Two Back, Three Forward: How will this pandemic change digital transformations? A few early signs

In our new weekly blog series Two Back, Three Forward, we look at two numbers in TBR reports from the prior week as well as three numbers from our upcoming reports, highlighting the analysis TBR provides and the vast amount of data — the numbers — we’re working with every day. It’s all about the data and what that data means to you.

Two Back

508,572, Accenture’s global headcount, as of FY2Q20. Investing in a local presence could pay off significantly for Accenture as COVID-19 sweeps across the globe and makes travel nearly impossible. As TBR Senior Analyst Boz Hristov pointed out in TBR’s initial response to Accenture’s earnings last week, 60% of Accenture’s workforce in India and the Philippines is already working remotely, a number expected to rise in coming weeks. For both local and global clients, the company’s massive scale and proven connectivity should lessen the strains on sustained operations through the pandemic.

12%, TBR’s estimate of Dell Technology Services’ contribution to overall company revenues. With Services far outpacing the growth rate of corporate-level Dell Technologies (5.5% year-to-year in 4Q19 in contrast to 0.8%), TBR expects Services to increasingly become both a lead-in for Dell Technology engagements and an area where the company invests, including through acquisitions and headcount growth. As TBR Senior Analyst Kevin Collupy noted last week, “Dell Technologies Services’ profitability remains above the overall company figure, highlighting the importance of repeatable and standardized services to the company’s profitable growth expansion, and their criticality in offsetting commoditizing core product areas.”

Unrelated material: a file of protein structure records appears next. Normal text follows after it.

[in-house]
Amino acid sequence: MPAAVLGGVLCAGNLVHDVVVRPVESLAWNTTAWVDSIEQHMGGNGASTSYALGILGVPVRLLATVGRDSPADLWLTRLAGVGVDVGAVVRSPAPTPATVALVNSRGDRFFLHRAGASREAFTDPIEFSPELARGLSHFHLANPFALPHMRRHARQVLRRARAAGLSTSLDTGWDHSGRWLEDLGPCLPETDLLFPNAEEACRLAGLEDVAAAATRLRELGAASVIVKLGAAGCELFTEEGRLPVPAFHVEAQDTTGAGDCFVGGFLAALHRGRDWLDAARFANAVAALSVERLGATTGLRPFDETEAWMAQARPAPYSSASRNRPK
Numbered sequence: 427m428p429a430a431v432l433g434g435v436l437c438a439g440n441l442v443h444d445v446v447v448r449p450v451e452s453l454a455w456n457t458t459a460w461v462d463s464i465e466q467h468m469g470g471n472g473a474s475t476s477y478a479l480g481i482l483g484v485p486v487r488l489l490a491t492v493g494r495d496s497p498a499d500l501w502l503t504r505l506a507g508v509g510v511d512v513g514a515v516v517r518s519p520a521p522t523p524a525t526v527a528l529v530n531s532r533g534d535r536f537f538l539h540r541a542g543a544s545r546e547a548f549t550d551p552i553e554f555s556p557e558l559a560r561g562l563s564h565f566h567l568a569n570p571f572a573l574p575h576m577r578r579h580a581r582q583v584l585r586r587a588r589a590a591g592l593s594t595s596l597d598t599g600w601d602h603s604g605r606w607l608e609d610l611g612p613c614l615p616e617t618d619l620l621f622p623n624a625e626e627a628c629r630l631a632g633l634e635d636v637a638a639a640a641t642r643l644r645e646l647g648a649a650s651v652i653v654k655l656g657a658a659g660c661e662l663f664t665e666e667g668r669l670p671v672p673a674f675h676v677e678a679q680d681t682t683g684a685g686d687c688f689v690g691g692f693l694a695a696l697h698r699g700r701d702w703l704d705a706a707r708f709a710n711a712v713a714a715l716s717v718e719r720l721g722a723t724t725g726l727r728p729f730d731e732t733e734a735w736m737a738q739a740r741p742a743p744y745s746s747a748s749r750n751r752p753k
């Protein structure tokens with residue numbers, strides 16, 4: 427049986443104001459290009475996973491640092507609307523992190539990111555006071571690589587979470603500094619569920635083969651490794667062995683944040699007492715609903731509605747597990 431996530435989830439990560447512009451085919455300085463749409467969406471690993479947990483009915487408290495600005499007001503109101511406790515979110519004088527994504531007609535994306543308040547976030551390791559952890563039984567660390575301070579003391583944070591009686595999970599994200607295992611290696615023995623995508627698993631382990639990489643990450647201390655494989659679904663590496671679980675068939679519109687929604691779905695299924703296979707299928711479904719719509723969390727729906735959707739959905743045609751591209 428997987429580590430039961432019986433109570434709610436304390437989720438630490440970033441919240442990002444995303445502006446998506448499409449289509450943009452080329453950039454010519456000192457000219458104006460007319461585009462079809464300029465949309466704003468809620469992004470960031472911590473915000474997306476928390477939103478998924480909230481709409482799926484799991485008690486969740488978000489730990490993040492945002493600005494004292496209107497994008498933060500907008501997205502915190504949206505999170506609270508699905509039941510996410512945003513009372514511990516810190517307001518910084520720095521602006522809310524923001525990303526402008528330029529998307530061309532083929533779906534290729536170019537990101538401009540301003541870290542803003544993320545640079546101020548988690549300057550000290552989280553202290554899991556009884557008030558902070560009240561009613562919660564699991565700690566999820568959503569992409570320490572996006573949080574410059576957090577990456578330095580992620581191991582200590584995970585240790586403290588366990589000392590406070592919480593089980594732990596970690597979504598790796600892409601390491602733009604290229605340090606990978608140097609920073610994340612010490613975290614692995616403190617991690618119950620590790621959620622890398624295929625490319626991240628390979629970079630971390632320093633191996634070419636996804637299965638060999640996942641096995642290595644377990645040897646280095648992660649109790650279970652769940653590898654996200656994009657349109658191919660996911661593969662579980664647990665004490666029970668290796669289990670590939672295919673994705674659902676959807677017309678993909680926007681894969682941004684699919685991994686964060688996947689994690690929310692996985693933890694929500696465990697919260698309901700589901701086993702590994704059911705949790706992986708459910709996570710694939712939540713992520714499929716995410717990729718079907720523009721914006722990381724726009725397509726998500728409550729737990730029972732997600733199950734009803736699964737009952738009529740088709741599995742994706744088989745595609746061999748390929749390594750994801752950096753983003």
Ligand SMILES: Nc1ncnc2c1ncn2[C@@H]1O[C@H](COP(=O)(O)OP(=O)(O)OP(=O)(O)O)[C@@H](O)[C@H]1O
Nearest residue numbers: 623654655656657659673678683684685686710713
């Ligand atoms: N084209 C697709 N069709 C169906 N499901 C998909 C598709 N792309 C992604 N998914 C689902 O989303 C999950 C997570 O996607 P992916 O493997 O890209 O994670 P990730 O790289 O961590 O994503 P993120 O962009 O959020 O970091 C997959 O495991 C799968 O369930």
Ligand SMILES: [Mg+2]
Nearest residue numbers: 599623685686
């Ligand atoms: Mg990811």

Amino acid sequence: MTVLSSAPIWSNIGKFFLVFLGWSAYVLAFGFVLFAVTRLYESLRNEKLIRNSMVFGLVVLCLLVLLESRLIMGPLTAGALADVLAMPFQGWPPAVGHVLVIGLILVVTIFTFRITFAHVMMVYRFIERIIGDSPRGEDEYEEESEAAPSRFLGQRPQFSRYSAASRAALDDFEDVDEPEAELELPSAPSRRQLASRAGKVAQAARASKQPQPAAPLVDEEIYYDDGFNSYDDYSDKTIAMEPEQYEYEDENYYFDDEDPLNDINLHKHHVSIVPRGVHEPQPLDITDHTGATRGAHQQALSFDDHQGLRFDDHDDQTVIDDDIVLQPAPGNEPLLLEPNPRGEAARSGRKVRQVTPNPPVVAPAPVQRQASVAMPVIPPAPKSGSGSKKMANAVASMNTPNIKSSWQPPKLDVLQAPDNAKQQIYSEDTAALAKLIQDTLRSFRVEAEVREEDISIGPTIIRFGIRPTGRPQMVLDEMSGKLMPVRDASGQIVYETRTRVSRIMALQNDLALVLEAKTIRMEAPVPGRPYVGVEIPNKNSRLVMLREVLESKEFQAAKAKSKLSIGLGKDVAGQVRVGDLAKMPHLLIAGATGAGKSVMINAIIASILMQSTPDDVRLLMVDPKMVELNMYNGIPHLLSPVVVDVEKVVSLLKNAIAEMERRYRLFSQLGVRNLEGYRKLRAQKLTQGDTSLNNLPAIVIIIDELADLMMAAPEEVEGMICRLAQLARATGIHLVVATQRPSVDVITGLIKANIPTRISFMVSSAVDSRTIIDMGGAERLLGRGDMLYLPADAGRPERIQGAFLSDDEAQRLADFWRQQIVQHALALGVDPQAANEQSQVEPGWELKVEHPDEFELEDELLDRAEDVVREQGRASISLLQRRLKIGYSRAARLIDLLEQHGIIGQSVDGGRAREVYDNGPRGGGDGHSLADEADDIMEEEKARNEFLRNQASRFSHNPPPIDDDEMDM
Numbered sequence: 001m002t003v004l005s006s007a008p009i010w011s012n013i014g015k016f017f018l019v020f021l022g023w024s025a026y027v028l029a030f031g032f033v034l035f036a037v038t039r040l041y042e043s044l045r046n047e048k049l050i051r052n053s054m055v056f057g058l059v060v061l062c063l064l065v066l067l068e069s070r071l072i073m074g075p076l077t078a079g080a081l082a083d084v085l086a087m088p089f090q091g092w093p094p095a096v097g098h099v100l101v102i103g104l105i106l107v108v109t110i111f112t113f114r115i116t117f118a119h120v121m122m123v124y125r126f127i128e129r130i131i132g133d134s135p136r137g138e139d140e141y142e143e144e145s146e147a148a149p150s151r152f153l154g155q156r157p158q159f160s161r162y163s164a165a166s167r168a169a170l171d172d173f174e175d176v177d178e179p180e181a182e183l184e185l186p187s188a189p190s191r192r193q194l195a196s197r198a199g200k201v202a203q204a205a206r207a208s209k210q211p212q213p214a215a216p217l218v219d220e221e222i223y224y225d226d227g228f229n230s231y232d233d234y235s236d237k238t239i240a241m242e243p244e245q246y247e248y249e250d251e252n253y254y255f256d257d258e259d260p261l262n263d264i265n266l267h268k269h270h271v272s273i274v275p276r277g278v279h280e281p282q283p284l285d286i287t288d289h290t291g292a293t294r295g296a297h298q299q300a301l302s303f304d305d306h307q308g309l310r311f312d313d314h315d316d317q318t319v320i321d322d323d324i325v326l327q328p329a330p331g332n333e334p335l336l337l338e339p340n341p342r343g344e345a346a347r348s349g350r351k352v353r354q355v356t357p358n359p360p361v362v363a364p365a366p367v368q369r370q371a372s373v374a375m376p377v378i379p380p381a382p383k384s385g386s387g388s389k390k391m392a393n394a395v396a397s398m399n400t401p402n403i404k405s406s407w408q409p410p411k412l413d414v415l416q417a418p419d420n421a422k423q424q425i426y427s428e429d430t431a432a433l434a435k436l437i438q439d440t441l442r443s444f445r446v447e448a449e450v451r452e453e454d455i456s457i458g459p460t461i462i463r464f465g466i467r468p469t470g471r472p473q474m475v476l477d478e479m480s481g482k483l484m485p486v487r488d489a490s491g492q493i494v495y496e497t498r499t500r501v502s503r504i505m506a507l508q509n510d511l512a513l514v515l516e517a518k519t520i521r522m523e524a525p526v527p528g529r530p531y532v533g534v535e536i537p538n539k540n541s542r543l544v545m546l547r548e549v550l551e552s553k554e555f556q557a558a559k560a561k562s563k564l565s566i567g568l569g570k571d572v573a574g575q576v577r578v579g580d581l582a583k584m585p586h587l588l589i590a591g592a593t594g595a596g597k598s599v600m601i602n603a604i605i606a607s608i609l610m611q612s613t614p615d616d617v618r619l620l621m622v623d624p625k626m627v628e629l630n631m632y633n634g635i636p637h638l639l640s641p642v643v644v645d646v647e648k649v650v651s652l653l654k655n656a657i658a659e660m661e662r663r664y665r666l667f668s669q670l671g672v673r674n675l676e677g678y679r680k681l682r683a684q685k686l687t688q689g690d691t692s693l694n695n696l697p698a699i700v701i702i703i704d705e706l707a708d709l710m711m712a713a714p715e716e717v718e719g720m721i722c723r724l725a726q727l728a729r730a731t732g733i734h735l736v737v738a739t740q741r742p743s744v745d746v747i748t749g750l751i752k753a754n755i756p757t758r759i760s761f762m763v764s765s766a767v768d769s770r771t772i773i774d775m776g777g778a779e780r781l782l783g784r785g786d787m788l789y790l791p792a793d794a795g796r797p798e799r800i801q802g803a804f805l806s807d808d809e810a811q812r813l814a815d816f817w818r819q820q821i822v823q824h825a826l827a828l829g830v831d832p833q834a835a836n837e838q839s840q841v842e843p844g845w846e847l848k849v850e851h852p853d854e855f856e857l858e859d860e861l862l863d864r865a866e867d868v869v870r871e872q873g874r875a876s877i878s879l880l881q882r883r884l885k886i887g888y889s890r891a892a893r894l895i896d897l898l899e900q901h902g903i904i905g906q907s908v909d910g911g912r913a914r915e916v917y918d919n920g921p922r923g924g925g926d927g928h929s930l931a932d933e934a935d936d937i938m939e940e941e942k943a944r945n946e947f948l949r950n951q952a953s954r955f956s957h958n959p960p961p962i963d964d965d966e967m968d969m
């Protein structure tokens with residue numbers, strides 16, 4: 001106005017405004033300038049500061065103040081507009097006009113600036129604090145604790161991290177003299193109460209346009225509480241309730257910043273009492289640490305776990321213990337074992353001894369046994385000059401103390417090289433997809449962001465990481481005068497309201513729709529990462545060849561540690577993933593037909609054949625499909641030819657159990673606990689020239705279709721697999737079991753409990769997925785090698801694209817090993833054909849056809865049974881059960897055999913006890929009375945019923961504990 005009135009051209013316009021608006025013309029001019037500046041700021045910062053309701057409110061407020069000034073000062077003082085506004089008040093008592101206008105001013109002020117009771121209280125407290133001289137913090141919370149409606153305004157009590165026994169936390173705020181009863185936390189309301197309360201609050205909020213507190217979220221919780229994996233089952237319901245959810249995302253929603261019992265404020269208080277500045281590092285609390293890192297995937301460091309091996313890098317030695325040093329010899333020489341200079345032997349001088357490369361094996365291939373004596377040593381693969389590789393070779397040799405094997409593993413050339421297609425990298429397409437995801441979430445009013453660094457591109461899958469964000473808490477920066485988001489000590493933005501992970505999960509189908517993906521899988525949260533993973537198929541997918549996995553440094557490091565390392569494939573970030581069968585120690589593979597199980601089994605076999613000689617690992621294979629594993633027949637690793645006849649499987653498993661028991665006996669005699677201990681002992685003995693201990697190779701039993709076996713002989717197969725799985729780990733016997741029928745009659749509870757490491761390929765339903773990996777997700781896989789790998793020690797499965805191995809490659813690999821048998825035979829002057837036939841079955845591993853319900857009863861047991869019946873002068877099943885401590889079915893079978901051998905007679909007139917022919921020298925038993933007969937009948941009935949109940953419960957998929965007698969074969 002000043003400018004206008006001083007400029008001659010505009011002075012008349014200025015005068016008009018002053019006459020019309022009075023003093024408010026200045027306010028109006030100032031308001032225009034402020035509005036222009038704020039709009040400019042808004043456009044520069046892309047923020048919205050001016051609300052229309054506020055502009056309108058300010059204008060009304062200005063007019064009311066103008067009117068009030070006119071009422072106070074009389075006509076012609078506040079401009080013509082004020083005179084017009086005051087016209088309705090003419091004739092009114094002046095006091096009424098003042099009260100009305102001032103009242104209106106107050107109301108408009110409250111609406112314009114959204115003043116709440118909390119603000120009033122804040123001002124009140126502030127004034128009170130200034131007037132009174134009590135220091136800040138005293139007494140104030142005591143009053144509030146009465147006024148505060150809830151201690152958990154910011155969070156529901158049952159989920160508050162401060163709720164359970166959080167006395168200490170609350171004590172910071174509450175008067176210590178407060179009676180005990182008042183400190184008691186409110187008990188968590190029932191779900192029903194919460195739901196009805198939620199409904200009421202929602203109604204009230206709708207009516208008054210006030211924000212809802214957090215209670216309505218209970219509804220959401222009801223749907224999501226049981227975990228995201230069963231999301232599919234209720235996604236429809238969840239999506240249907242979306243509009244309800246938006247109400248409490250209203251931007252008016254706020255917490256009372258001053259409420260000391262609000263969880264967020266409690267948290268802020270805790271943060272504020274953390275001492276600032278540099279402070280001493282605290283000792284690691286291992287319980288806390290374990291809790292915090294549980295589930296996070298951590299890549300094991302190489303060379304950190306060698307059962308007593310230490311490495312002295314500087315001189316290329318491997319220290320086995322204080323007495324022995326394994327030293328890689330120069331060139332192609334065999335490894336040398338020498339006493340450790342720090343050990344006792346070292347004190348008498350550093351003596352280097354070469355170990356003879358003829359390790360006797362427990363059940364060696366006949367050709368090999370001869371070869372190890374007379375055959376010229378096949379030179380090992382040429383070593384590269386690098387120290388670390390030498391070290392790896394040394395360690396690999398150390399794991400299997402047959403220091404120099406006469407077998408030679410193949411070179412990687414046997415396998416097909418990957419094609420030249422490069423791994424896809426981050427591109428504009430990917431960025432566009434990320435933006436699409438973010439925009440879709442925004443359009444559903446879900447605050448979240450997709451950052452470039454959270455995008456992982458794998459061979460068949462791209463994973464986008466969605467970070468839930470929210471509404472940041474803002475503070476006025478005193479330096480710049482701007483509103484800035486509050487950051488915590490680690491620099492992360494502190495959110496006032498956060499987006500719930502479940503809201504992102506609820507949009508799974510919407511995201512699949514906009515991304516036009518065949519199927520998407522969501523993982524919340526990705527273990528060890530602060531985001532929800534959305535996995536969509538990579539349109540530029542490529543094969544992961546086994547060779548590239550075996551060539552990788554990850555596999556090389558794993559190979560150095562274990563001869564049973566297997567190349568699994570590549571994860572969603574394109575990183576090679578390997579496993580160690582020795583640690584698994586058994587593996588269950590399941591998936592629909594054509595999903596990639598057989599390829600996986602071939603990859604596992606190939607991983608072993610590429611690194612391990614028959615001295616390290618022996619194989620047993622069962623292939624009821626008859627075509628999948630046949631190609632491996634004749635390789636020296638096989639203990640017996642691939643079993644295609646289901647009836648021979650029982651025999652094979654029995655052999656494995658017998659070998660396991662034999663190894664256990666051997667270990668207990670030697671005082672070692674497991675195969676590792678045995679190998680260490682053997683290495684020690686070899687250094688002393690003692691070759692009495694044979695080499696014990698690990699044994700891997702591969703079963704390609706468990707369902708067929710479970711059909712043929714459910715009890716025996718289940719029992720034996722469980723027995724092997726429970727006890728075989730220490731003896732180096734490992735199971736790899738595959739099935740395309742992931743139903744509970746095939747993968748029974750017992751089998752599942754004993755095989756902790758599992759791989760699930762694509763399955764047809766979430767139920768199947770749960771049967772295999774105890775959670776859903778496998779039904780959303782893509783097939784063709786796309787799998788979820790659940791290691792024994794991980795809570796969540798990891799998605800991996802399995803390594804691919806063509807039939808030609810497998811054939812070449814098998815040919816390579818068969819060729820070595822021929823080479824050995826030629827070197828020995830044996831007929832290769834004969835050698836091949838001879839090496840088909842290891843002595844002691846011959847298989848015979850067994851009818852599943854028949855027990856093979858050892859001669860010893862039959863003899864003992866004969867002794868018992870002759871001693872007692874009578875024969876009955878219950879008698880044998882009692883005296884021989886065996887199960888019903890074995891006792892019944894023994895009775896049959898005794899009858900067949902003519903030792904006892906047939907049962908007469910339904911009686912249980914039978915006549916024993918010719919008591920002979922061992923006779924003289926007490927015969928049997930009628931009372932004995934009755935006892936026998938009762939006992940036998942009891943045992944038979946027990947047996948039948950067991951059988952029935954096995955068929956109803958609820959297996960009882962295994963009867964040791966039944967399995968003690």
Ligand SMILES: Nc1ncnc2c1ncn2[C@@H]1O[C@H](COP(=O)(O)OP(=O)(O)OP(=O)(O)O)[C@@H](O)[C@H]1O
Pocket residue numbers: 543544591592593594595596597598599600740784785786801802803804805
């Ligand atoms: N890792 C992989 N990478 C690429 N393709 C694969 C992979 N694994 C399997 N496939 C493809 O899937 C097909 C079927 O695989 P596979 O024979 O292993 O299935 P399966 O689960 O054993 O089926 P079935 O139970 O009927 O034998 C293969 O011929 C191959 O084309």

Three Forward

55.7%, IBM’s management consulting 2019 revenues, according to TBR estimates, in three industries likely to be hit hard by COVID-19 fallout. As detailed in our upcoming Management Consulting Benchmark Profile: IBM, the company earned nearly 60% of its 2019 revenues from the banking, consumer goods and manufacturing verticals. Defaults and bankruptcies, supply chain chaos, and depressed consumer spending in a global recession will negatively impact those clients. Spending on consulting may stay constant or even grow — confusion breeds consulting opportunities — but more likely these clients will not be contributing such a large percentage of management consulting revenues by the end of 2020.

6, habits of digital transformation leaders, according to EY’s Tech Horizon survey. TBR analysts previewed the survey findings with EY and noted the substantial shift by EY itself from a firm with technology capabilities to a firm deeply rooted in delivery technology solutions to clients. The six habits were not surprising (they echoed findings in our December 2019 Digital Transformation Insights Report: Voice of the Customer), but in an upcoming special report, we will be highlighting specific findings that resonate most with consulting clients and the consultancies themselves.

$3.67B, annual revenue generated by Egyptian ICT sector exports. According to the Egyptian Information Technology Industry Development Agency (ITIDA), the country’s IT sector has become a substantial part of the overall economy, contributing both jobs and export revenues, primarily from software, app development and maintenance, and technical support services. Why is this important? First, because TBR will be meeting with the ITIDA later this week to learn more. And second, because this global pandemic will force companies to rethink their supply chains for everything, including outsourced IT services, potentially creating opportunity for Egypt’s IT sector to continue growing. Much more to come on this.

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